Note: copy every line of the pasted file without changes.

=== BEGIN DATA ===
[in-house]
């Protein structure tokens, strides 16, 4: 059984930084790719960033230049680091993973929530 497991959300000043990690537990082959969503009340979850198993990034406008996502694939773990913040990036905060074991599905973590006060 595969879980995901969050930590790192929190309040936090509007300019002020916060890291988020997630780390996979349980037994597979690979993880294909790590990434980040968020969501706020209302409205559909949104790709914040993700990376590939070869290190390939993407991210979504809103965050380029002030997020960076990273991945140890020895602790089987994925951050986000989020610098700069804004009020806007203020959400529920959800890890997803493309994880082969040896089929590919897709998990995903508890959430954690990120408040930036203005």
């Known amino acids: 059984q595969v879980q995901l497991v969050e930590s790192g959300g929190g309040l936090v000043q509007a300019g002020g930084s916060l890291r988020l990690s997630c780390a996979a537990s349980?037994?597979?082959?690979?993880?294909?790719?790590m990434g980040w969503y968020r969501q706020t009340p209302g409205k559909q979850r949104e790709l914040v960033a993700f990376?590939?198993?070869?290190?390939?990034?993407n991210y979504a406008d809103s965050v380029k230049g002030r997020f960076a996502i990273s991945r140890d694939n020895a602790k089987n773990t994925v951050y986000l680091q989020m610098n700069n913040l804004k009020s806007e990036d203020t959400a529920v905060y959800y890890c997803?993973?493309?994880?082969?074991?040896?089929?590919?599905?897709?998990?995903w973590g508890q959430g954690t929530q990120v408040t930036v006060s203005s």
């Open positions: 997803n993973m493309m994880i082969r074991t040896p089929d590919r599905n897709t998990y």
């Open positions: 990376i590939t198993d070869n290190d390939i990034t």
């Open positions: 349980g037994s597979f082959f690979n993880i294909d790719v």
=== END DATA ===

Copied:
[in-house]
């Protein structure tokens, strides 16, 4: 059984930084790719960033230049680091993973929530 497991959300000043990690537990082959969503009340979850198993990034406008996502694939773990913040990036905060074991599905973590006060 595969879980995901969050930590790192929190309040936090509007300019002020916060890291988020997630780390996979349980037994597979690979993880294909790590990434980040968020969501706020209302409205559909949104790709914040993700990376590939070869290190390939993407991210979504809103965050380029002030997020960076990273991945140890020895602790089987994925951050986000989020610098700069804004009020806007203020959400529920959800890890997803493309994880082969040896089929590919897709998990995903508890959430954690990120408040930036203005």
């Known amino acids: 059984q595969v879980q995901l497991v969050e930590s790192g959300g929190g309040l936090v000043q509007a300019g002020g930084s916060l890291r988020l990690s997630c780390a996979a537990s349980?037994?597979?082959?690979?993880?294909?790719?790590m990434g980040w969503y968020r969501q706020t009340p209302g409205k559909q979850r949104e790709l914040v960033a993700f990376?590939?198993?070869?290190?390939?990034?993407n991210y979504a406008d809103s965050v380029k230049g002030r997020f960076a996502i990273s991945r140890d694939n020895a602790k089987n773990t994925v951050y986000l680091q989020m610098n700069n913040l804004k009020s806007e990036d203020t959400a529920v905060y959800y890890c997803?993973?493309?994880?082969?074991?040896?089929?590919?599905?897709?998990?995903w973590g508890q959430g954690t929530q990120v408040t930036v006060s203005s």
């Open positions: 997803n993973m493309m994880i082969r074991t040896p089929d590919r599905n897709t998990y």
């Open positions: 990376i590939t198993d070869n290190d390939i990034t």
């Open positions: 349980g037994s597979f082959f690979n993880i294909d790719v």